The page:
The Repository @ St. Cloud State

Open Access Knowledge and Scholarship

Date of Award


Culminating Project Type


Degree Name

Higher Education Administration: Ed.D.


Educational Administration and Higher Education


School of Education

First Advisor

Rachel Friedensen

Second Advisor

Jennifer Jones

Third Advisor

Rysavy, Sister Del Marie

Fourth Advisor

Andrew Anda

Creative Commons License

Creative Commons License
This work is licensed under a Creative Commons Attribution-Noncommercial-No Derivative Works 4.0 License.

Keywords and Subject Headings

Perceptions, Mobile devices, Engagement Theory, Learning Engagement


The use of mobile devices in the college classroom can enhance learning engagement, leading to enhanced learning outcomes. There is scant research on college student perceptions of learning engagement using mobile devices in the classroom. The purpose of this qualitative research was to explores upper-class undergraduate computer science college students’ perceptions about their use of mobile devices in the classroom. Research questions were designed to explore how college students believe their classroom engagement is impacted by mobile device technology use. The theory of engagement, including intellectual, social, and behavioral components, served as the theoretical framework. This research applies interpretative phenomenological analysis to explore how interviewees made sense of the observation. The sample included 11 upper-class undergraduate students in a computer science course at a Minnesota university. Transcripts were coded in NVivo 12, and analysis of the interview responses reveal three themes: Making the Most of Mobile Devices for Academic Purposes, Mobile Device Use Improves Social Interaction with Classmates, and Using Mobile Devices Improves Motivation Through Greater Engagement. Interviewees used mobile devices for class purposes, inside and outside of the classroom, and for synchronous and asynchronous online classes. Interviewees reported avoiding distractions and using their mobile devices to enhance learning; overall, they reported better learning experiences with mobile devices. Practical implications of this research include training for instructors and developing guidelines for recommended uses of mobile device technology. Theoretical implications include that behavioral engagement may need to be redefined for college students. Recommendations for further research include theoretical research on behavioral control and identifying a more suitable engagement component than behavioral for college student engagement models, because behavioral engagement may not be as relevant to college students as it is to K-12 students.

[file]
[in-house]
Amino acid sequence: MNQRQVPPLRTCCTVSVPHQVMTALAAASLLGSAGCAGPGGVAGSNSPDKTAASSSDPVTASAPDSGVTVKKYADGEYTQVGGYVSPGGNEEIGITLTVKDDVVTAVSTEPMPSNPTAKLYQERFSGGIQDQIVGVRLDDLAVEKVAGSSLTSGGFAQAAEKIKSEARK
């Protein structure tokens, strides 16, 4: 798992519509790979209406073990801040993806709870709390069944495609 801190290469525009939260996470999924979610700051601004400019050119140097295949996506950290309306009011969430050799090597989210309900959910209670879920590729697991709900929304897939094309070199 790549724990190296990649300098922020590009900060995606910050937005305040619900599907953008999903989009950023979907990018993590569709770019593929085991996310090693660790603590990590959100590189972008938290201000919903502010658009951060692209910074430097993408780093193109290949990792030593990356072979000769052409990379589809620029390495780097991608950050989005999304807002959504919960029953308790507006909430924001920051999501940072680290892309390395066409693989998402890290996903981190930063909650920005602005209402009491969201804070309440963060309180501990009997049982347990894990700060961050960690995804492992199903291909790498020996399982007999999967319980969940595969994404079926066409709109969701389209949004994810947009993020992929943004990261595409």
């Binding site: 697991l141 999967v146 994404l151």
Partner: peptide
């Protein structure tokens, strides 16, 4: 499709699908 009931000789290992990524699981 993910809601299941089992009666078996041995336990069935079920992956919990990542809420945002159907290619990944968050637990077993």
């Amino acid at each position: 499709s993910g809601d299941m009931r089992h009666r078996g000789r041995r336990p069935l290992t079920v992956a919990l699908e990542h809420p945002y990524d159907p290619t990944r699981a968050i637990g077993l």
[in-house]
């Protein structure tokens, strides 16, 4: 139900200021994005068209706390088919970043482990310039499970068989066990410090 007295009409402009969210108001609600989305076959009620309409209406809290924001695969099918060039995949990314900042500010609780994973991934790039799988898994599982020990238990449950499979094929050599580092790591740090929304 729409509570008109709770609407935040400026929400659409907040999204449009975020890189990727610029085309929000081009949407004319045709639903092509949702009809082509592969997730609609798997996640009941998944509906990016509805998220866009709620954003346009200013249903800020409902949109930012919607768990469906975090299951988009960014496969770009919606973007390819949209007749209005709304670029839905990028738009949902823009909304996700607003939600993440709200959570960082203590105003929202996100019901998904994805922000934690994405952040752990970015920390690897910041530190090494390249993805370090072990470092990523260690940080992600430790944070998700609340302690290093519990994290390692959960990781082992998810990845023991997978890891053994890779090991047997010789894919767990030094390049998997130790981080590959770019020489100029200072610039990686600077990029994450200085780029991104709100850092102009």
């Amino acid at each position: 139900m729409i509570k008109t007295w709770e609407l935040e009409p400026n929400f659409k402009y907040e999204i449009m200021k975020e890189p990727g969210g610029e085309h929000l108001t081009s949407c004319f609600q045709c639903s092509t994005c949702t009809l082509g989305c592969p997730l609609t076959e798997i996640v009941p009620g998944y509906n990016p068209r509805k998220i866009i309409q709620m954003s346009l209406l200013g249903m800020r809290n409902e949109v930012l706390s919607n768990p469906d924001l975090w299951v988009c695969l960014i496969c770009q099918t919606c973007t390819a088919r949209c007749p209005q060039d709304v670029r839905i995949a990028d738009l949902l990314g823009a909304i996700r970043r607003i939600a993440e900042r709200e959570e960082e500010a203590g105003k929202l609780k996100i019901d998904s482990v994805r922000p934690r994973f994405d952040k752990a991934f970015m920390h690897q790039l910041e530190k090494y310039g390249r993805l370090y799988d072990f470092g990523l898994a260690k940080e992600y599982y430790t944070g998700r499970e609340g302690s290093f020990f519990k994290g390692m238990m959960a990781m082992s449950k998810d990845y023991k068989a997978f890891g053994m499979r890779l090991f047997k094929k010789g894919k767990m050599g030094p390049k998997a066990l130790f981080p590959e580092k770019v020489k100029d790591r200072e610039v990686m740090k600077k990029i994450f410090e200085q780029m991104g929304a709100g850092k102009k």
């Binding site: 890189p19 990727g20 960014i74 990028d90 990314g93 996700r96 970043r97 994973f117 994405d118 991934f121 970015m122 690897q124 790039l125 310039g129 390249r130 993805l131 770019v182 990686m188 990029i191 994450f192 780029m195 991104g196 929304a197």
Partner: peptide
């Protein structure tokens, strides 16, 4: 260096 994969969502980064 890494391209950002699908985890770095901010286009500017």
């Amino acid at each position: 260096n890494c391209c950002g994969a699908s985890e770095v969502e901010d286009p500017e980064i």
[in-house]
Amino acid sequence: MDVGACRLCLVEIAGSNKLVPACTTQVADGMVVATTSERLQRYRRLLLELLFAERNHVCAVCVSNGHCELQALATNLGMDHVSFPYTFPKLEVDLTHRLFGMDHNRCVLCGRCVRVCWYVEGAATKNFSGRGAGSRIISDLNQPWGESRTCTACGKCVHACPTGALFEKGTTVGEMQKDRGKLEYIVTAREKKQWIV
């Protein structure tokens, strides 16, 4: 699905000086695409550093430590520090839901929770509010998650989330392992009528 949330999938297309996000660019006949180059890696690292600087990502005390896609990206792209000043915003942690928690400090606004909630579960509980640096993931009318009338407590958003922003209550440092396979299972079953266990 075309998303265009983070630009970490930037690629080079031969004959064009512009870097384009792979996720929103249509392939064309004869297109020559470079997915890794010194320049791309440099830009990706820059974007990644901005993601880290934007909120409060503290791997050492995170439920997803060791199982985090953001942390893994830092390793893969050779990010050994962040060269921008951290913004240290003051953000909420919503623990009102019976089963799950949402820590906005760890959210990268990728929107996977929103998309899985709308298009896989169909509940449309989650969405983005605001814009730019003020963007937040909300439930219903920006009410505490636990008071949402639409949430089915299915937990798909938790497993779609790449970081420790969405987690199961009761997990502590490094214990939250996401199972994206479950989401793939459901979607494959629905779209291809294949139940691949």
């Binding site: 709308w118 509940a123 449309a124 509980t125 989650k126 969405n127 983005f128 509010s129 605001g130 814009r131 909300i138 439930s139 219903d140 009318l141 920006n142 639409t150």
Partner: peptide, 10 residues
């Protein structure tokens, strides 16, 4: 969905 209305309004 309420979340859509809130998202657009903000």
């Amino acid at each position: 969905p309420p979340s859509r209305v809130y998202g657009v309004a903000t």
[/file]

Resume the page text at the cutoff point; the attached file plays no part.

This dissertation is dedicated to my wife, Andjela, to my kids Stefan and Annamaria Milica Tomovic. You motivated me to keep pushing for my dreams. To my parents, Ruzica and Milutin Tomovic, Marija and Djordje Nikolica, thank you for providing me a safe and prosperous childhood. I want to thank those I met during this journey. Thank you, Dr. Steven McCullar, for motivating me to move on with my educational goals. Thank you Dr. Friedensen for challenging me to become better writer, academic, and educational professional. I also want to thank my committee members, Dr. Anda, Dr. Jones, Dr. Rysavy. You provided me with amazing guidance and mentorship, and thanks to you I learned to look at the world through different lenses. Your constant encouragement inspired me to keep going. Finally, I want to thank to my Cohort 11 – my friends, for inspiration and pushing me to keep climbing and conquer the highest peaks of life.



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